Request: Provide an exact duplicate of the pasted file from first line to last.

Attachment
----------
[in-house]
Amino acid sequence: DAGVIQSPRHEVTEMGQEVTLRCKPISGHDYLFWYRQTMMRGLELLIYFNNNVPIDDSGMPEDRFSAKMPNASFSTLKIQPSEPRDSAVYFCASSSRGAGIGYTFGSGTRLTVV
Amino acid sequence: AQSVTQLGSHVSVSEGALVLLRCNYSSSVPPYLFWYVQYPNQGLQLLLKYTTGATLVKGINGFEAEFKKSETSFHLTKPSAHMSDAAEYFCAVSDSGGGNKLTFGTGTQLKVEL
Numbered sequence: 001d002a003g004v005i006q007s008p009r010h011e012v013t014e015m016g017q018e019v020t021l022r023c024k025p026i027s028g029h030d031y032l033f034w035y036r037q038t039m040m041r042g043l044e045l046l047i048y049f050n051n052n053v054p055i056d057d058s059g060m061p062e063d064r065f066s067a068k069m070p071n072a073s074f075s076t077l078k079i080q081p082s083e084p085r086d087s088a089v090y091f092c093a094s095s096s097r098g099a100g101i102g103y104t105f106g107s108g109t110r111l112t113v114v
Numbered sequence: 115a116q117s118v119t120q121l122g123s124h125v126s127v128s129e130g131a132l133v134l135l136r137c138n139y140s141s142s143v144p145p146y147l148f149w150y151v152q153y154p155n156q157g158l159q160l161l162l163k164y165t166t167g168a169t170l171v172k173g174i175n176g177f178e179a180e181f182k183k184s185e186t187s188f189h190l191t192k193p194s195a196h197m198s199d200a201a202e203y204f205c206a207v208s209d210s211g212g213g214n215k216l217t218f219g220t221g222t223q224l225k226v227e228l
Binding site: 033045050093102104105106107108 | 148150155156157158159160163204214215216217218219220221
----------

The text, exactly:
[in-house]
Amino acid sequence: DAGVIQSPRHEVTEMGQEVTLRCKPISGHDYLFWYRQTMMRGLELLIYFNNNVPIDDSGMPEDRFSAKMPNASFSTLKIQPSEPRDSAVYFCASSSRGAGIGYTFGSGTRLTVV
Amino acid sequence: AQSVTQLGSHVSVSEGALVLLRCNYSSSVPPYLFWYVQYPNQGLQLLLKYTTGATLVKGINGFEAEFKKSETSFHLTKPSAHMSDAAEYFCAVSDSGGGNKLTFGTGTQLKVEL
Numbered sequence: 001d002a003g004v005i006q007s008p009r010h011e012v013t014e015m016g017q018e019v020t021l022r023c024k025p026i027s028g029h030d031y032l033f034w035y036r037q038t039m040m041r042g043l044e045l046l047i048y049f050n051n052n053v054p055i056d057d058s059g060m061p062e063d064r065f066s067a068k069m070p071n072a073s074f075s076t077l078k079i080q081p082s083e084p085r086d087s088a089v090y091f092c093a094s095s096s097r098g099a100g101i102g103y104t105f106g107s108g109t110r111l112t113v114v
Numbered sequence: 115a116q117s118v119t120q121l122g123s124h125v126s127v128s129e130g131a132l133v134l135l136r137c138n139y140s141s142s143v144p145p146y147l148f149w150y151v152q153y154p155n156q157g158l159q160l161l162l163k164y165t166t167g168a169t170l171v172k173g174i175n176g177f178e179a180e181f182k183k184s185e186t187s188f189h190l191t192k193p194s195a196h197m198s199d200a201a202e203y204f205c206a207v208s209d210s211g212g213g214n215k216l217t218f219g220t221g222t223q224l225k226v227e228l
Binding site: 033045050093102104105106107108 | 148150155156157158159160163204214215216217218219220221